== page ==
Pay-for-Performance Agricultural Conservation in the Rabbit River Watershed (MI)

Photo by Brian Talsma, Allegan Conservation District

Why Our Work is Needed

This project addressed sediment loading associated with agricultural sources, such as cropland erosion, livestock access, and road/bridge crossings that impacts habitat and water quality in the Rabbit River through a performance-based program for implementing agricultural best management practices. In addition to targeting sedimentation, the project also provided co-benefits of addressing other pollutants such as nutrients and pathogens, largely stemming from livestock access, and pesticides/chemicals, resulting from cropland erosion.

Traditionally, conservation programs offer cost-sharing for approved practices with limited monitoring of environmental outcomes. Performance-based programs are a targeted approach to investing in conservation when when traditional funding is limited. Instead of paying for specific farm practices, this project directs payments that are based on the net environmental improvements resulting from a comprehensive set of practices.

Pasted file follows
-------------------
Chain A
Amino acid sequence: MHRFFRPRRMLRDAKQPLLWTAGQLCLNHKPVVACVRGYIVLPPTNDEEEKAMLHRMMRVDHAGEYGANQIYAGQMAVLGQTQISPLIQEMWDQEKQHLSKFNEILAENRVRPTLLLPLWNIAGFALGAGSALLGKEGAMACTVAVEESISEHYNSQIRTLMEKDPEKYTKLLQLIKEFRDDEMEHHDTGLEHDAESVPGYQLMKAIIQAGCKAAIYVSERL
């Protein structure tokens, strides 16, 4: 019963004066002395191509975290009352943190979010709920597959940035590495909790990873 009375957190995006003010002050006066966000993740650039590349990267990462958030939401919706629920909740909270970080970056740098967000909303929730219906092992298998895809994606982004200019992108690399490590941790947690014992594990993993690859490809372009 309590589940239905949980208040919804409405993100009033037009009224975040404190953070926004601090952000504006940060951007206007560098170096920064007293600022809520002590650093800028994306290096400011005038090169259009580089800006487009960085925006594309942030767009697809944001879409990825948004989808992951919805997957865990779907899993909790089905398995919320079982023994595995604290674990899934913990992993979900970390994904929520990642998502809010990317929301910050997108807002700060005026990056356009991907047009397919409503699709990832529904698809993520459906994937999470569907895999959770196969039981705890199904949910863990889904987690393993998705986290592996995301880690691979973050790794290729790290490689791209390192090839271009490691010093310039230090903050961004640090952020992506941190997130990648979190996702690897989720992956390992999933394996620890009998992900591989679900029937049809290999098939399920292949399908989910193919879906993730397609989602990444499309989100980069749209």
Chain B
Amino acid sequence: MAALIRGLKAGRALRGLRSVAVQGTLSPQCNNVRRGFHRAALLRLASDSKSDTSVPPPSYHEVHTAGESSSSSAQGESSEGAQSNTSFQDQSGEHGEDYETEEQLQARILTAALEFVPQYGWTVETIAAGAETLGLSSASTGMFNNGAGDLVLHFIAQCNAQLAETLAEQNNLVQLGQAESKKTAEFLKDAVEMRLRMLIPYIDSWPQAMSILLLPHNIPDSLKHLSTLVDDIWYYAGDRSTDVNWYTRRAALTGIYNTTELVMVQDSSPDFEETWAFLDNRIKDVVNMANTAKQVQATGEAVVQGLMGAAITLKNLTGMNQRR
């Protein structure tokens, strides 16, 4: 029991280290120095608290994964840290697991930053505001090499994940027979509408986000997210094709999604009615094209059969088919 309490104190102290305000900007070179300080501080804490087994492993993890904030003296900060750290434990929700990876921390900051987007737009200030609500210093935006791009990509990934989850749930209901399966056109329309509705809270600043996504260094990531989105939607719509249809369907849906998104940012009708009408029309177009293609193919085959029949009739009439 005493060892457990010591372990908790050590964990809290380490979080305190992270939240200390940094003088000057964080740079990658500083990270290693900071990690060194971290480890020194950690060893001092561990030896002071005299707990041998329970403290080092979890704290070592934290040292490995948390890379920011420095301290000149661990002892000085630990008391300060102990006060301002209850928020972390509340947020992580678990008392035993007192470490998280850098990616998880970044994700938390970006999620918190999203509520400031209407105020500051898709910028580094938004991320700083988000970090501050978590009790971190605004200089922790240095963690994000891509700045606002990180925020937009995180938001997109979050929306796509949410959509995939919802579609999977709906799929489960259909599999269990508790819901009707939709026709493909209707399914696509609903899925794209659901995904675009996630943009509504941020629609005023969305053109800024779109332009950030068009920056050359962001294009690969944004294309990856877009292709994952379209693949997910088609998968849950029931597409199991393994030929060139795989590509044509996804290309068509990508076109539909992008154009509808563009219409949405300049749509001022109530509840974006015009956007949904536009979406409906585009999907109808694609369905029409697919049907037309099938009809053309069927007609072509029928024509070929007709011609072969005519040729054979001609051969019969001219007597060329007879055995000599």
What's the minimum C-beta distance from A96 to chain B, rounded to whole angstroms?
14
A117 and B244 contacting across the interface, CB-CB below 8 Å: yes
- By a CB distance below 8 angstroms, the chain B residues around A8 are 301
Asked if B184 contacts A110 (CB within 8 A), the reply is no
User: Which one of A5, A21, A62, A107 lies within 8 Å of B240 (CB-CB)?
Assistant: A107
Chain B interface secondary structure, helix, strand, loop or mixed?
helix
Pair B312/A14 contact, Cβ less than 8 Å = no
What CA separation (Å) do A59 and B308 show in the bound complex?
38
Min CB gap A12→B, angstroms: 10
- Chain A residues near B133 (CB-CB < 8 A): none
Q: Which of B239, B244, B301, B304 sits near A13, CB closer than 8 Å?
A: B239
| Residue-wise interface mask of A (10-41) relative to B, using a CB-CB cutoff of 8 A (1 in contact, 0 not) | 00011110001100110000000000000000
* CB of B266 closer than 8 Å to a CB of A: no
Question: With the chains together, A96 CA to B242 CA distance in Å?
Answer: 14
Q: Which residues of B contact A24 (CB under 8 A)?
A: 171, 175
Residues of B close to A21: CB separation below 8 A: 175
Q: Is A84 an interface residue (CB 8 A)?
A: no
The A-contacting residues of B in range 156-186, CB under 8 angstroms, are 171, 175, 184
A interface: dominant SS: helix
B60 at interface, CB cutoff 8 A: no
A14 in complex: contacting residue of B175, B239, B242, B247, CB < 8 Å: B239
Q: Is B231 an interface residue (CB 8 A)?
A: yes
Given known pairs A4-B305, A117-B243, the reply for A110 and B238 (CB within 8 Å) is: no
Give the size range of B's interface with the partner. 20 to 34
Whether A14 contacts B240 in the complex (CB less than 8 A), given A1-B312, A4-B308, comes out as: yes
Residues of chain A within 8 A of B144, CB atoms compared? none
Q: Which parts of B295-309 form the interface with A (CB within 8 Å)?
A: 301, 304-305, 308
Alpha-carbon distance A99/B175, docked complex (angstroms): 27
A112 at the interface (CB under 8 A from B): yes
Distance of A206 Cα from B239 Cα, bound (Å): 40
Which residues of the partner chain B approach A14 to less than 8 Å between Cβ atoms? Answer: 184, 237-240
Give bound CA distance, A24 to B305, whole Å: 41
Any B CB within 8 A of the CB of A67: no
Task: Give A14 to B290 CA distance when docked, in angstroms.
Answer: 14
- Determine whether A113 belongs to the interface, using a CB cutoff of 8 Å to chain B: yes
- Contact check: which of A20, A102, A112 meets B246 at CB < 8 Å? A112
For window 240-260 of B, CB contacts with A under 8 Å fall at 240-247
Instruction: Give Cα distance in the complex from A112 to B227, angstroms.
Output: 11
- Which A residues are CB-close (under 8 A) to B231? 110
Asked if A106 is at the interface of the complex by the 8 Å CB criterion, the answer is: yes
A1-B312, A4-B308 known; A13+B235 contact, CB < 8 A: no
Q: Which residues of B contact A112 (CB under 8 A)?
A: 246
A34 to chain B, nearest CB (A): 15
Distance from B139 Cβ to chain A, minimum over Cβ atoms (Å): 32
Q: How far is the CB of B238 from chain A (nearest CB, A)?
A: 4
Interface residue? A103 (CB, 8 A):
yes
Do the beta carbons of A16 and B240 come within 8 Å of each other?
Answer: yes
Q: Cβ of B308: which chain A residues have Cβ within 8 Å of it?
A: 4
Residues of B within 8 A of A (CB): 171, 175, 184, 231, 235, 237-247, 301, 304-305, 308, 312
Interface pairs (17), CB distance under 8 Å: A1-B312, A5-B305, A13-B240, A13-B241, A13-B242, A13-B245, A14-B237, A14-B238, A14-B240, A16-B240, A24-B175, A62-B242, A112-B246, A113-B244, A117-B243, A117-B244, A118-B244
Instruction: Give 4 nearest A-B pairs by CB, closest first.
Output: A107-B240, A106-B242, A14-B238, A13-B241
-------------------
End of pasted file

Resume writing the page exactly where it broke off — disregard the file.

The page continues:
Brief Overview of What We’re Doing

Through this project, farmers received payments to implement conservation practices on their cropland that are based on the estimated effectiveness of those practices. The project team developed and applied advanced modeling tools to estimate reductions. This approach marks a fundamental change from the traditional approach of paying farmers a percentage of the cost of implementing conservation practices.

This project has engaged producers to install best management practices on approximately 2,600 acres at priority locations in the Rabbit River watershed in order to reduce sediment loading by approximately 1,500 tons. It also provides a model performance based conservation programs and demonstrates the success of such programs.

Pay for Performance-focused conservation projects are an established area of Delta’s expertise, and both has been operated and is currently operating in other targeted Midwestern / Great Lakes geographies.


Delta is grateful to our project partners, including the Allegan County Conservation District, Michigan Farm Bureau, and the Michigan State University Water Resource Institute.


This project has been funded wholly or in part by the United States Environmental Protection Agency under assistance agreement GL00E02208 to Delta Institute. The contents of this document do not necessarily reflect the views and policies of the Environmental Protection Agency, nor does the EPA endorse trade names or recommend the use of commercial products mentioned in this document.


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